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Getting into the Poetry Swing


baseball_pitch_132901After a conversation with my good poet-friend, Victorio Reyes at AWP, I’ve decided to get out of my publishing comfort zone. My usual strategy is to spend a lot of time reading and considering literary magazines before I submit, then narrow down to the 10 or so places that I think I have the best chance of getting published. I’ve had pretty good success with this method—6 publications last year when I submitted to 10 or 12, or about a .500 batting average.

Victorio suggested that I take broader approach–apply to the places I would typically rule out or right off for one reason or another. In fact, he follows the Matthew Dickman philosophy of having 50 pieces out there at any given time. This advice seems totally daunting to me because I feel have enough good poems for a chapbook (15-30 pages), but not a full-length collection (at least 48 pages).

 

 

The baseball equivalent of this strategy would be stepping up to the plate and taking a swing. Although, I’m definitely an outcome driven person, this new philosophy on publishing has had a positive effect thus far because it forces me to:

  • find new and different literary magazines where I can submit;
  • go deeper into my poem files to revisit and revise old poems; and
  • write more poems.

I don’t know if this approach will increase my success with publishing, but I’m willing to give it a shot.


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Poet Resolutions 2014


2014Of the six poet resolutions I made last year, I accomplished four:

  • Publish six poems: In 2013, seven poems were published
  • Share my poetry: April and November poems appeared on the blog.
  • Talk to more double life poets: This year I spent time with double-life poets and prose writers, including Tracey Gratch, whose poem I found while reading a scientific article for a work project.
  • Blend double lives more: In addition to listing poems on LinkedIn, I read a few poems during my birthday celebration at work. During the travel for the work project I lead, several people had checked me out and inquired about the MFA.

This year’s resolutions are not too different.

Teach a poetry workshop: This goal was on last year’s list, but I didn’t find the courage or time to do it. This year, the co-organizers of Living Poetry have mapped out a series of poetry workshops, including two workshops on revisions and publishing your work that I volunteered to teach/co-teach.  The LP organizers are good about keeping me on task.

Organize three poetry readings: Last year, I organized two poetry readings for the weekly Science Café at the NC Museum of Natural Sciences. The museum has agreed to making this reading an annual event. So now I have to find two other opportunities to organize a reading in 2014.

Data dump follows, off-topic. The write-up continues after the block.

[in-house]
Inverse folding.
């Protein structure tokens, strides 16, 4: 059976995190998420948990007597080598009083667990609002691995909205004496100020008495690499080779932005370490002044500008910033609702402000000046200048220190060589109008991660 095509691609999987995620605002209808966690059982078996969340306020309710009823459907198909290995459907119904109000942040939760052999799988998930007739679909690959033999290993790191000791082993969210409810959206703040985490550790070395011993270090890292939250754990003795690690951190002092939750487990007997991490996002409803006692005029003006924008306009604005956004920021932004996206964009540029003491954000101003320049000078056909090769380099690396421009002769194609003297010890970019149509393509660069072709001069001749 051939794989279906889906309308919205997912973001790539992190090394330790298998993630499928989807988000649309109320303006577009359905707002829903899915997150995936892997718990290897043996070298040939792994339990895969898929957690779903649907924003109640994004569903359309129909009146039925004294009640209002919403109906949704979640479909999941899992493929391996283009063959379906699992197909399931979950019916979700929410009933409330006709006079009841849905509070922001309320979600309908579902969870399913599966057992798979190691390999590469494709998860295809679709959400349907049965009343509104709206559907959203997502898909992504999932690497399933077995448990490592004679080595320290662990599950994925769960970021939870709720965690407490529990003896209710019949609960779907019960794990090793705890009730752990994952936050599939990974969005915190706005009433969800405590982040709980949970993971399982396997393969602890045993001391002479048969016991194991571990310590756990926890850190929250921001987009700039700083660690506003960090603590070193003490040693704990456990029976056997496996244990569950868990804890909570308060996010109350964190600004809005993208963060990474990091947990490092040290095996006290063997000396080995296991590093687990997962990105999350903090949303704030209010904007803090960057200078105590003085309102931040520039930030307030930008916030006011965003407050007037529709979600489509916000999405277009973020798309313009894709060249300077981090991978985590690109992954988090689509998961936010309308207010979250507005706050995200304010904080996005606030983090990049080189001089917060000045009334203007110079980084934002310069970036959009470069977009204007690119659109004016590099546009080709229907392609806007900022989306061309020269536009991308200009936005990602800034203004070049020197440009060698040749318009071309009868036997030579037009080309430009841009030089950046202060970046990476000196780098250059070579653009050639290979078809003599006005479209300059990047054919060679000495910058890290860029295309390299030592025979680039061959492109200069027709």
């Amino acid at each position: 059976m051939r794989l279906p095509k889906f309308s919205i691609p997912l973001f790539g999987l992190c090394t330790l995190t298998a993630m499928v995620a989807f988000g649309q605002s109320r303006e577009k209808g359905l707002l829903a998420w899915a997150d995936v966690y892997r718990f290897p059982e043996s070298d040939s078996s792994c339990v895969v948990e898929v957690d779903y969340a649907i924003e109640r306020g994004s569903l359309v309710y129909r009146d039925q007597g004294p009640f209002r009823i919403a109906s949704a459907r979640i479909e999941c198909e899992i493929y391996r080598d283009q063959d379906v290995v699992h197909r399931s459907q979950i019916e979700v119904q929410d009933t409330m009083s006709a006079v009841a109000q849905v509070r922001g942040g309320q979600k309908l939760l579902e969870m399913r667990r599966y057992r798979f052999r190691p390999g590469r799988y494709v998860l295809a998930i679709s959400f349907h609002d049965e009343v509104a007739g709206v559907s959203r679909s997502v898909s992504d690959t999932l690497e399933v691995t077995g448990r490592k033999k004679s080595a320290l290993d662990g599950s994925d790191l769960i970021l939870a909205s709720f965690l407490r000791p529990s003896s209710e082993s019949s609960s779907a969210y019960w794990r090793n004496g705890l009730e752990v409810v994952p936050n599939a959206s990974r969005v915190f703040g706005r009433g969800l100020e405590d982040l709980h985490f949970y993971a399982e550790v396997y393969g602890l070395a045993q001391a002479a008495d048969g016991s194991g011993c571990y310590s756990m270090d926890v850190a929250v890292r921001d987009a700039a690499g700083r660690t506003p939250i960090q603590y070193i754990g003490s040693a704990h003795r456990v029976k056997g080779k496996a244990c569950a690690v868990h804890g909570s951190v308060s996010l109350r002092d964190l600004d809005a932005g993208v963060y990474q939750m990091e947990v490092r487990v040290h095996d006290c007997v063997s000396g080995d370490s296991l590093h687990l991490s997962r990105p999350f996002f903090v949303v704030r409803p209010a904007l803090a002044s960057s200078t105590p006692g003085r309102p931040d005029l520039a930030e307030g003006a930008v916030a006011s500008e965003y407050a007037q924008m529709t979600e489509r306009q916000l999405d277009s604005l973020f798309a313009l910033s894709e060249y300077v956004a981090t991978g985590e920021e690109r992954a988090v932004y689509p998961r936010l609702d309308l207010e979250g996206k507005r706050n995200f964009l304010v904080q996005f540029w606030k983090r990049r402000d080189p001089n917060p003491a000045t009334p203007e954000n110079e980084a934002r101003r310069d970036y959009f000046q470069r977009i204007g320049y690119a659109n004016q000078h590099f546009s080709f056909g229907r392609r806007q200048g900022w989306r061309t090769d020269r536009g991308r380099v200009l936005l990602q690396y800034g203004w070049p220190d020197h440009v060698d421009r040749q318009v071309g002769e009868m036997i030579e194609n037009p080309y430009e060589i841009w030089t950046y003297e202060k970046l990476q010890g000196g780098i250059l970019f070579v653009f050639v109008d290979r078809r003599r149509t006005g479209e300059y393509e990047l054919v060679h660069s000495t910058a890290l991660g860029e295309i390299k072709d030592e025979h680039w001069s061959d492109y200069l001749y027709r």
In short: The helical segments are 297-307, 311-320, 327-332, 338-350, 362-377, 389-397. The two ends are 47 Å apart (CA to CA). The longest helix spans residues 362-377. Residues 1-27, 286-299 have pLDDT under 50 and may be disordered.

Six poems published: This goal worked last year, so I’m keeping it on the list. This goal requires me to write and submit, which is always the struggle as a double-life poet.

Spend more time with poets: When my work project picked up steam in July,  I had a more difficult time finding time to spend with poets. Sure I  helped to organize poetrySpark in September and was a featured reader at the West End Poetry Festival in October, but I barely saw poets in the last two months of the year.  So I think spending time with poets at least once a month is a good way to operationalize this goal.

Start a poetry project: I have no idea what this goal means or what it will look like. It may blend my love of science with my love of poetry. It may mean collecting work poems or poems by double-life poets. We’ll see!

What are your poetic goals for 2014? Feel free to share them in a comment.


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Sunday in the Office with Poems


For three straight weeks, I’ve spent Sunday afternoons in a small office on the 4th floor of UNC Davis Library. I’m thankful for this space and for my generous German friend who keeps the key to his faculty study in a place where I can find it. This is why America should maintain the trust of our German allies.

Typically, I spend about 5 or 6 hours there revising some poems, writing blog posts, researching literary magazines and book publishers or a little bit of all of the above. Yesterday’s goal was to assemble the 10-36 pages of poems that could possibly become a chapbook. Last week’s session whittled down the bulk of my writing to 43 pages, which completely covered the limited desk space. Then coffee arrived and chatting ensued, leaving the poems to talk amongst themselves.

Poems need this time to get to know each other, figure out how to arrange themselves, and decide whether to be part of the group. Forty-three pages became 27, including the four that called out to be revised in the middle of the process for a literary journal submission. Some of the poems in the Group of Twenty-Seven may not make the final cut. I see two distinct themes and about eight poems that bridge these ideas but are not wedded to either camp. And so the process continues.

The Group of Twenty-Seven